Thursday, October 30, 2008
Court Decisions and Democracy
What got me started on this meditation was the recollection of some remarks by members of the Supreme Court. Perhaps I should say, remarks or comments about then rather than by them. The comment was that certain justices believed not only in strict construction of the constitution (in fact, all of them believe in that) but in letting State legislatures or referendum elections settle certain questions, such as the right of a woman to an abortion, the right of a gay couple to marry, and the like. These are matters that, in the opinions of some of the justices and of many political theorists, should be decided by a democratic process rather than a court decree.
My meditation continued. I wondered what very important questions have, in the history of our country, been settled by peaceful, democratic processes. There was a very important question that was not, and could not have been settled in that matter. That is the matter of human slavery. If the southern states had been allowed to settle that matter by the democratic process available at the time, we would still in this year 2008 still have black people as slaves in most of the South. Other countries in the European-American community eliminated slavery by simple actions of their governing officials. In our country, the matter had to be settled by a war.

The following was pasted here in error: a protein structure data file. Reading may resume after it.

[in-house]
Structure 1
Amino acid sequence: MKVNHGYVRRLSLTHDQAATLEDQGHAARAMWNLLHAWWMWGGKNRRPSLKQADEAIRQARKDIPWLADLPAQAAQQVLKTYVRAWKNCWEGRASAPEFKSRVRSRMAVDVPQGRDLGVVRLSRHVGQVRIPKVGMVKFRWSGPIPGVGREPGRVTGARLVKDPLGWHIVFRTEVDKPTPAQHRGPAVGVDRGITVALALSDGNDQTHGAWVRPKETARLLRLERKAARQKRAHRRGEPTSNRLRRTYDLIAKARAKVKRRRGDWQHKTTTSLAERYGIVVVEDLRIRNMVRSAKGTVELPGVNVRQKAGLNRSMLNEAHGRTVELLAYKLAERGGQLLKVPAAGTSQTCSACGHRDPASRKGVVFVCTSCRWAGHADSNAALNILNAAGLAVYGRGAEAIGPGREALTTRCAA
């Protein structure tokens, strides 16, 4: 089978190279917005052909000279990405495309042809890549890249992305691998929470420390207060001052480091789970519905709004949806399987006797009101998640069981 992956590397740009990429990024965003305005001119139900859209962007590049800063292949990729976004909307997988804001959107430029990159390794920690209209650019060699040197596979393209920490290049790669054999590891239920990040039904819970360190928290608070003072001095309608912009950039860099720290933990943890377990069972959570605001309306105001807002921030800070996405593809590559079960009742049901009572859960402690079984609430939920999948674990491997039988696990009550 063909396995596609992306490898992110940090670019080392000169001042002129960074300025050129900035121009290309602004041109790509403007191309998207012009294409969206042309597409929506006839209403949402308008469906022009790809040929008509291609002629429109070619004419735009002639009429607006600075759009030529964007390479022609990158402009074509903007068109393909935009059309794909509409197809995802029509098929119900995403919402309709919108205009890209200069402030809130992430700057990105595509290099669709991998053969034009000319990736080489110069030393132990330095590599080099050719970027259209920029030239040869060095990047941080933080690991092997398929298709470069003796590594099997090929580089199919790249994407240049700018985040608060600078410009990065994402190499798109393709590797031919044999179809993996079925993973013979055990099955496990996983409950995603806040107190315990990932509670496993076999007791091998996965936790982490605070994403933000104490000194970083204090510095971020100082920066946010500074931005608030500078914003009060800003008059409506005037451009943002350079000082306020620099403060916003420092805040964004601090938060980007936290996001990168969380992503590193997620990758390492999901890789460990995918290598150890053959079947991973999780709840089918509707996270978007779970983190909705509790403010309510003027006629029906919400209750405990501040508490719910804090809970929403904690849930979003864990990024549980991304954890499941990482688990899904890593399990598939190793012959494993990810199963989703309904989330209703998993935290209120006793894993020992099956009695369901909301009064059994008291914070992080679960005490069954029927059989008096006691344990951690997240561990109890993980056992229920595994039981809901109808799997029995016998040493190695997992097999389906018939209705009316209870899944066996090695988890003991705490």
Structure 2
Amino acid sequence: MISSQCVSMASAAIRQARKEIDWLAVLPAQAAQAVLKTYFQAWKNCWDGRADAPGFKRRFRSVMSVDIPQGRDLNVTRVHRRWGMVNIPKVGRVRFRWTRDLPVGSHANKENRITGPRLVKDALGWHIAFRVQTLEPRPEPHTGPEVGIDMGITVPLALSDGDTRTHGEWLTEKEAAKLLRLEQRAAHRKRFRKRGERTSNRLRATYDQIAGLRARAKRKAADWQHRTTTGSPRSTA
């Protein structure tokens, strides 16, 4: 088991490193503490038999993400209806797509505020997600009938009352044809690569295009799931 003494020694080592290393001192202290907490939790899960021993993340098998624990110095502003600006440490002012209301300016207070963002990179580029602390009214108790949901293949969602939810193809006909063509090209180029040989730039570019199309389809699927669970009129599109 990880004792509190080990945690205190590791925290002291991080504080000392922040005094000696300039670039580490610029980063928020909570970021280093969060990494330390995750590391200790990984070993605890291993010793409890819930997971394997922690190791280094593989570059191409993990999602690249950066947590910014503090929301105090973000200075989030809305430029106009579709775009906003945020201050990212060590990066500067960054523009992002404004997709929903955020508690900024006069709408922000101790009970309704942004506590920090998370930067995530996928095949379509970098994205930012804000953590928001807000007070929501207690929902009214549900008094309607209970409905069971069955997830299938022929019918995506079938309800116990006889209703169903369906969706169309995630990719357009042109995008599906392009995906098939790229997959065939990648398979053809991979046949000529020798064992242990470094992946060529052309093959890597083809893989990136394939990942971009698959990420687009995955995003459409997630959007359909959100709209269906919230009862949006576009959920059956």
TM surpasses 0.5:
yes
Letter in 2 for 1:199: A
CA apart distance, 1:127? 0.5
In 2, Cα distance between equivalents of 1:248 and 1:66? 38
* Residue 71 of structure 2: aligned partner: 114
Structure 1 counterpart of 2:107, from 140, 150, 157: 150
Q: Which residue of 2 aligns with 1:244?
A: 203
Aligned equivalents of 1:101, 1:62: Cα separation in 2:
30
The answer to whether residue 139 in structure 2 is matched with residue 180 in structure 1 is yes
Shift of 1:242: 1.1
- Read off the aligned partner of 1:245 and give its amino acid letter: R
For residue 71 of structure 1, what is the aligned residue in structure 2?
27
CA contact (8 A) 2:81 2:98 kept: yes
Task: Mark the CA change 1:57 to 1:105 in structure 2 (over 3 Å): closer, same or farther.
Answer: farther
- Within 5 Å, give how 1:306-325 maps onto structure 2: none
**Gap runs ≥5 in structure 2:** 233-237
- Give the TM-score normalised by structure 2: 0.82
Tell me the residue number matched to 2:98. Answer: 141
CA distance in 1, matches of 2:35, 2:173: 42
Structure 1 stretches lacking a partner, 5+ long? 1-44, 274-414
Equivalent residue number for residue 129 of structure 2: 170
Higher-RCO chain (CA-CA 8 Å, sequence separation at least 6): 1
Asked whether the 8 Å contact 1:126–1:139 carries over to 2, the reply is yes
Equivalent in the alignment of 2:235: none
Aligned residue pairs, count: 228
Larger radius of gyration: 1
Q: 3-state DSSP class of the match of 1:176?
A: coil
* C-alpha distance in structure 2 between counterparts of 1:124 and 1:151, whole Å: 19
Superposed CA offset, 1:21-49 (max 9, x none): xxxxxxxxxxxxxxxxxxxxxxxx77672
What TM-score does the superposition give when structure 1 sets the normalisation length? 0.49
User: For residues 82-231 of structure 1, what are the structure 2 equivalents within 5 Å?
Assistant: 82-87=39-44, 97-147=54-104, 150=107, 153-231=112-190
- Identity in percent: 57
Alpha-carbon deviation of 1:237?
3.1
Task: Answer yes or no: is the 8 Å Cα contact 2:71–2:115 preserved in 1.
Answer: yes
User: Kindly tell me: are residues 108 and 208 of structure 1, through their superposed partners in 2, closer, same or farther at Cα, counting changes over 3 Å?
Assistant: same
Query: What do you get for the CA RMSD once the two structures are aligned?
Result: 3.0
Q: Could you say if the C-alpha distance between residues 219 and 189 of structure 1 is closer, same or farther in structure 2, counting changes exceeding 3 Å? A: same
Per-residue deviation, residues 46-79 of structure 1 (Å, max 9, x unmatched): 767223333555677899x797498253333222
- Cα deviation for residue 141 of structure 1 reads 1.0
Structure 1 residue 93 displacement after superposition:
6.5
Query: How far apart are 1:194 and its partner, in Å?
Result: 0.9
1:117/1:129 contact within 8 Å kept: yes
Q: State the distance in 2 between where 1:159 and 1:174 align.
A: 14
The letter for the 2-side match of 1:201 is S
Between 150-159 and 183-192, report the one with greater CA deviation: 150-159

Now, I have to agree that denying a woman the right to terminate a pregnancy is less of an imposition on her than slavery. Denying a homosexual couple the right to marry is less of an imposition than slavery. I do not advocate going to war to establish these rights. At the same time, I do not believe that democracy is going to establish them, either. Perhaps I am wrong. We will see next week with the result of Proposition 8 here in California.